Documentary of NYC pastor’s fight to end violence in Chicago gets Oscar buzz

Chicago America's Hidden War
Film poster for "Chicago: America's Hidden War," 2021

An upcoming faith-inspired film, titled “Chicago: America's Hidden War,” follows a pastor who risks his life to take a stand against violence in the deadliest state in the United States and now the documentary is being considered for an Academy Award. 

“We're thrilled to announce that our movie "Chicago: America's Hidden War" is being considered for an Oscar nomination in the Best Documentary Feature category,” the film's lead pastor, Dimas Salaberrios, wrote on social media. 

Salaberrios traveled to Chicago to fast and pray for the violence in Chicago to come to an end. His entire experience was documented along with real-life testimonies of victims, those at great risk such as children, and the staggering statistics of the war on the streets.

“Our mission is to turn apathy into empathy through education and exposure, so Americans will not see this is as Chicago's war, but as ‘Our War,’” he wrote. 

The documentary was produced by Salaberrios and his wife, Tiffany, through Miss Muffet Studios production company, which the couple founded. Miss Muffet Studios is a black-owned production studio in NYC that focuses on shining a light on serious matters that plague society.

According to the film’s synopsis, “Chicago America’s Hidden War pulls back the curtain to expose the pervasive genocidal-like behavior, explain what birthed and contributed to this war and why so little is done to stop it, and ultimately inspires a clear path toward change. It’s time for us all to unite and take a stand because this is no longer America’s Hidden War. This is Our War.” 

The film features firsthand testimonies from pastors, gangbangers, and children who say they only feel safe “in school and in the church” as violence continues to increase.

Salaberrios, a former drug Lord turned missionary from New York felt called to do something about the gun war in Chicago. Upon his arrival, he decided to go on a hunger strike until there was at least five days of peace in the prominent city. He lost 35 pounds before having to end his fast because that day did not come but what did happen was the pastor was able to rally together with other churches in Chicago, gang leaders and the local community who agreed to take steps toward peace.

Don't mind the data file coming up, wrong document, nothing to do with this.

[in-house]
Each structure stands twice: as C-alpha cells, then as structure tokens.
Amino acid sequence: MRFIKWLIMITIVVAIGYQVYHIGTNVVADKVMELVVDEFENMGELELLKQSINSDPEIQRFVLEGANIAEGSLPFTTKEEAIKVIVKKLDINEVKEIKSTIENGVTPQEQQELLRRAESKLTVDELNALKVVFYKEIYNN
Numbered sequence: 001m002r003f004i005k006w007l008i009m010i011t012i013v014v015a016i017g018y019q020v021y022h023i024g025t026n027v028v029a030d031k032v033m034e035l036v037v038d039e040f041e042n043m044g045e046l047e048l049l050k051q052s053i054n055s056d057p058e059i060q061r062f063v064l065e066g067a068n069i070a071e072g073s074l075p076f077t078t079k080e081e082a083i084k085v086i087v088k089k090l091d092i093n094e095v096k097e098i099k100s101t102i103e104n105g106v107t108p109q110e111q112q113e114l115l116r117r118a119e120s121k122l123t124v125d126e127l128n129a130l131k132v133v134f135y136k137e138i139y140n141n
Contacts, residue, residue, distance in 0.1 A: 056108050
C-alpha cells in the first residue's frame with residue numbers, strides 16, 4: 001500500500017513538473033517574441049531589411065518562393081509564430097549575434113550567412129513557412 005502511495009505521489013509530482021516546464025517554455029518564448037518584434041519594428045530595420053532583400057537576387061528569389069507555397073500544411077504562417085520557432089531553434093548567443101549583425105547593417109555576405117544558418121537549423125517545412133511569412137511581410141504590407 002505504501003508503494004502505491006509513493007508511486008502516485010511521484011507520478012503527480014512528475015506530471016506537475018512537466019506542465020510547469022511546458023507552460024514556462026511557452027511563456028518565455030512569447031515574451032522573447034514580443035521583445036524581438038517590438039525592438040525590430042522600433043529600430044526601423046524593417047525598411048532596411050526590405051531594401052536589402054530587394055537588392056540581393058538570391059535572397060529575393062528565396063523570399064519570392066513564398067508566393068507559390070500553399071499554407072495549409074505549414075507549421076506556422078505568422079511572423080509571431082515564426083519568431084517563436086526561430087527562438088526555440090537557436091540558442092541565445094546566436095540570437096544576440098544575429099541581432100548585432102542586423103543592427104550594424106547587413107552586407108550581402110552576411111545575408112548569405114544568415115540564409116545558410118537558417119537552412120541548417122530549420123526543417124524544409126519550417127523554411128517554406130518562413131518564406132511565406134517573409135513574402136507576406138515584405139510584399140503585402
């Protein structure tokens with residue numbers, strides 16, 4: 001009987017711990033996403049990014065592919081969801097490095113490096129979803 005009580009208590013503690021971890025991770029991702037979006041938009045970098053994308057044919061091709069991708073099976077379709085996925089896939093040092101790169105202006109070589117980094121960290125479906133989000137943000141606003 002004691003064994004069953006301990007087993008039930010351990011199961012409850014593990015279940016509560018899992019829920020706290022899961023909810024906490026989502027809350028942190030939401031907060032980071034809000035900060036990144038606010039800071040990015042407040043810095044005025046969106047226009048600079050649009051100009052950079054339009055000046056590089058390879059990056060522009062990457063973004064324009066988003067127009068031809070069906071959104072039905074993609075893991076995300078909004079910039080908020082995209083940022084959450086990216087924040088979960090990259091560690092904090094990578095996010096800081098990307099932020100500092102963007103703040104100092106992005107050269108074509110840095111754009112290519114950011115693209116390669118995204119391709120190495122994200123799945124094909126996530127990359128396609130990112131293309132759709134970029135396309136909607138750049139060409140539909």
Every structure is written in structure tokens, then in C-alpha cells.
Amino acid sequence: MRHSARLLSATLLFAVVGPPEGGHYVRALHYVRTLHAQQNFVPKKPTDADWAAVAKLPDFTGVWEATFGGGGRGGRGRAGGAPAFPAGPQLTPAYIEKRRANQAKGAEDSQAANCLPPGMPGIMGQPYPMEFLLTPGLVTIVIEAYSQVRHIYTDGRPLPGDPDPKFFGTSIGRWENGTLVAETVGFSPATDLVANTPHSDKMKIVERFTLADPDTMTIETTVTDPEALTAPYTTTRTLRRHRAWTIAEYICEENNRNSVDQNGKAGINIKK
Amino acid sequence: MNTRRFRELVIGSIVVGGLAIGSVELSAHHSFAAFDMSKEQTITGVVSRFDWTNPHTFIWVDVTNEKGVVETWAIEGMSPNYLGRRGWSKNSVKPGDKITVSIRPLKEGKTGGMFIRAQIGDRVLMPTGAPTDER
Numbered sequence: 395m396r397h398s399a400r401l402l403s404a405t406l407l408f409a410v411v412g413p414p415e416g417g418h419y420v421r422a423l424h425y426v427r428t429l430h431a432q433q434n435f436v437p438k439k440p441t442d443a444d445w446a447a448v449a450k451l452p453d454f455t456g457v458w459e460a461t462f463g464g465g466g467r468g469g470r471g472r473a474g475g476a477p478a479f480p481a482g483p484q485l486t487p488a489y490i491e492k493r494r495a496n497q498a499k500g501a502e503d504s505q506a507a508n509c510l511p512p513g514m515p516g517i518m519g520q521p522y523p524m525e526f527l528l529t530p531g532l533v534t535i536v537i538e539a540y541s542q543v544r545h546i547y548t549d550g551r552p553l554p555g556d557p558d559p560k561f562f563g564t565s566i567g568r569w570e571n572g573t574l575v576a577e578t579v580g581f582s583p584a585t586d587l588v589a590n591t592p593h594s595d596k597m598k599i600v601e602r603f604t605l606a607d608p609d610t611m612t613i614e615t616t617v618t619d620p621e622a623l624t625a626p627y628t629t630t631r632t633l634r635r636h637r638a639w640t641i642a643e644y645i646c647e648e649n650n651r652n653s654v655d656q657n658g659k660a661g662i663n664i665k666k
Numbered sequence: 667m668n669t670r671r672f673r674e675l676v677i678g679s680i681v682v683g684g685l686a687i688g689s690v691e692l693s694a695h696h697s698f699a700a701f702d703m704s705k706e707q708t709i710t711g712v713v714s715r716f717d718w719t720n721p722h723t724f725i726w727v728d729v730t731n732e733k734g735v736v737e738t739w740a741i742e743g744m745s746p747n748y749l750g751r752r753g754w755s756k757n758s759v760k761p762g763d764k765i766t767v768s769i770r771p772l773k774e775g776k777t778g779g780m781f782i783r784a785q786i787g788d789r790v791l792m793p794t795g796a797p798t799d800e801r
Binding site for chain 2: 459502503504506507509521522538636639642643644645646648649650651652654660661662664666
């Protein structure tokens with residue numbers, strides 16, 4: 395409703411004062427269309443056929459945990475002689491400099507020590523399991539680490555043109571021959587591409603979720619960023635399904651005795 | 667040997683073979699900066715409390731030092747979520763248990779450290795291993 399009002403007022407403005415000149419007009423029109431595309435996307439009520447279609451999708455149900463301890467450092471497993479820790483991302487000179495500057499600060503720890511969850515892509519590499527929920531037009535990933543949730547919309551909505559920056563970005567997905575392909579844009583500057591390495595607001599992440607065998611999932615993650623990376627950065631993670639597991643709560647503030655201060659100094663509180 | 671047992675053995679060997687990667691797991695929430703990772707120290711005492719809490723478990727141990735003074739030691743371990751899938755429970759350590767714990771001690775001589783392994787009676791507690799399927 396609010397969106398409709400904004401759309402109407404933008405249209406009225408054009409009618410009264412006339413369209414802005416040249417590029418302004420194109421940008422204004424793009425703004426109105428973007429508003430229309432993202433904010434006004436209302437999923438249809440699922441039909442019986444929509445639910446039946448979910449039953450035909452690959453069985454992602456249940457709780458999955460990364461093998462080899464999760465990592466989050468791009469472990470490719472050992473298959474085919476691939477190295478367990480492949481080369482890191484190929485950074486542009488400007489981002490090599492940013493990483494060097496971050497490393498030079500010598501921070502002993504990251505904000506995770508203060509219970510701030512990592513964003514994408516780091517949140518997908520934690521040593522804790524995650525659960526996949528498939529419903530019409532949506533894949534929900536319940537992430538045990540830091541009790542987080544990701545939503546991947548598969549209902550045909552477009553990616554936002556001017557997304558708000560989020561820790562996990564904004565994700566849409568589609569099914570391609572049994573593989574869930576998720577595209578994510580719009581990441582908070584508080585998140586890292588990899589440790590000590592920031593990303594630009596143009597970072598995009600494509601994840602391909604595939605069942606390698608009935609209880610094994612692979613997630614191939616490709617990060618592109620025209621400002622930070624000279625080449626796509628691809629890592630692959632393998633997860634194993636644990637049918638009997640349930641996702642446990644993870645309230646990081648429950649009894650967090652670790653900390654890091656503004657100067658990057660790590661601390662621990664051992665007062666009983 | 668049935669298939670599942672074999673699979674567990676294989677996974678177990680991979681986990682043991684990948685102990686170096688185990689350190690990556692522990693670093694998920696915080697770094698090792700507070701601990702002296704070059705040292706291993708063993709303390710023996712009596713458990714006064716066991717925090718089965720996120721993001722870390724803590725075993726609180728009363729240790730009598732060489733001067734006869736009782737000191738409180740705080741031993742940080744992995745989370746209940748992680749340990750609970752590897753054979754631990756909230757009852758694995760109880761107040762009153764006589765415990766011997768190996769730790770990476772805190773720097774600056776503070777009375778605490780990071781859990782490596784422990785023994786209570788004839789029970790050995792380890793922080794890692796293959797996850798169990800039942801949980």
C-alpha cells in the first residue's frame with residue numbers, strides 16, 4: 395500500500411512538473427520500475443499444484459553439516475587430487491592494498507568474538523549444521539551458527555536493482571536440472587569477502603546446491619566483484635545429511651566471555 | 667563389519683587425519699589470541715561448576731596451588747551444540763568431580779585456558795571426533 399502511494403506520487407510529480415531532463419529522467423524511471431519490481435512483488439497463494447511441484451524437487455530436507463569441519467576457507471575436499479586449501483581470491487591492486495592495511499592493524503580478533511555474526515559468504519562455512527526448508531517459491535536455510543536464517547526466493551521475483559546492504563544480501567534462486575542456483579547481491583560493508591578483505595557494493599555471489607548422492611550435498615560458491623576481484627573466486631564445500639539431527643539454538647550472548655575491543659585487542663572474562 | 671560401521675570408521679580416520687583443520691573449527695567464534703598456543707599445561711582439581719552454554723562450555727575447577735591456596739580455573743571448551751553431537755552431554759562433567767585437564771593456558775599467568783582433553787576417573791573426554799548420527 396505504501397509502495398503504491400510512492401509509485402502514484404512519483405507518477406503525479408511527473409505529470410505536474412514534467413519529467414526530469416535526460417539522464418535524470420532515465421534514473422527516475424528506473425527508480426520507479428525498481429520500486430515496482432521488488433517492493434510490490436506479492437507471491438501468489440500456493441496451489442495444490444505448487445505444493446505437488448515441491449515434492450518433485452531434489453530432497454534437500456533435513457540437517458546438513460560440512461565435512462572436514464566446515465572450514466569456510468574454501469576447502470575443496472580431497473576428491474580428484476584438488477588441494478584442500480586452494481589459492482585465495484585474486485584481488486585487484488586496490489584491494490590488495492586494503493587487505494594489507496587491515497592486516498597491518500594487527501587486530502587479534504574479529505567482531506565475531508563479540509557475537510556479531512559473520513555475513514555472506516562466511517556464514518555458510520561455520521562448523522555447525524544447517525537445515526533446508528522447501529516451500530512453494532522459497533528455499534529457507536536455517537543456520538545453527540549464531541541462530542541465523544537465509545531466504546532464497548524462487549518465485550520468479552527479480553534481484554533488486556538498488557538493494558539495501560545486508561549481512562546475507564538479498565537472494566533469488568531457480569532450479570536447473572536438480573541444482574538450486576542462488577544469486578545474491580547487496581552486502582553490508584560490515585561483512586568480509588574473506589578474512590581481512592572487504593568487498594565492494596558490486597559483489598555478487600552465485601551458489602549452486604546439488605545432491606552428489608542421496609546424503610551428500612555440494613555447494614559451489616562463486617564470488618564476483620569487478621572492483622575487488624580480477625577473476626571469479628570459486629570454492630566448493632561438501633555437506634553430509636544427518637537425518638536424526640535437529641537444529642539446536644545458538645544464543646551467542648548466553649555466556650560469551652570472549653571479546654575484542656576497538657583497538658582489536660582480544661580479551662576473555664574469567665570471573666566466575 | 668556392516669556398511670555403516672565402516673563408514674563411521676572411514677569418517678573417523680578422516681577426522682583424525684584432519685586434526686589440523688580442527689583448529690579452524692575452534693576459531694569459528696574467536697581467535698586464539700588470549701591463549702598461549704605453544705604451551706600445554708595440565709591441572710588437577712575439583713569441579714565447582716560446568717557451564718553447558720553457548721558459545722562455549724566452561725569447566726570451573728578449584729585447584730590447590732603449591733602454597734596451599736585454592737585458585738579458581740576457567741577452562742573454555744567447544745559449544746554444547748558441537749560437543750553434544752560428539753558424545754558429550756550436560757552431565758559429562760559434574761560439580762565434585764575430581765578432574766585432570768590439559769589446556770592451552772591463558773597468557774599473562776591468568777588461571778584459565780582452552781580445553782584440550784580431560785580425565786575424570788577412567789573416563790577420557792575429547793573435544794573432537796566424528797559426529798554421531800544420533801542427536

"When my family received the news that ‘Chicago: America's Hidden War’ hit the Oscars Best Documentary Feature List, joy entered the room,” Salaberrios told The Christian Post of the big news. “We yelled for several minutes because my whole family sacrificed so much to tell the truth about the war in Chicago." 

According to the statistic on the film’s website, 90.9% of deaths in Chicago during 2020 were the result of gun violence. Reports show that a person is shot every two hours and a person is killed every 10 hours. Just last month, the city recorded 51 homicides, the highest death toll for January in four years.

The executive producer of the film, Pastor A.R. Bernard, senior leader of Christian Cultural Center in Brooklyn, is calling people of faith to action against the violence in Chicago.

“A team of dedicated individuals worked hard to express, in film, the gun violence that continues to eat away at the Black community,” Bernard wrote to CP on Monday. “We pray but we must also act!” 

Salaberrios also stressed that it’s time for Christians to be on the ground practicing what they were called to do. “Rwanda is happening on American soil; black people are being murdered,” he lamented.

The rate of black on black, Latino on Latino crime is alarming, and the film is designed to encourage people to get involved through mentoring programs and after school programs. The pastor, who founded Infinity New York Church, said the “mission field is now on our soil.”

Watch The Christian Post's full interview with Salaberrios below, where the pastor shared the heart behind the documentary and explained how over 100 churches were able to get on the streets of Chicago with the shooters, which caused the crime rate to drop over 20% in 12 months. 

The film's release date was postponed because of COVID-19 restrictions. Visit the website for additional information.

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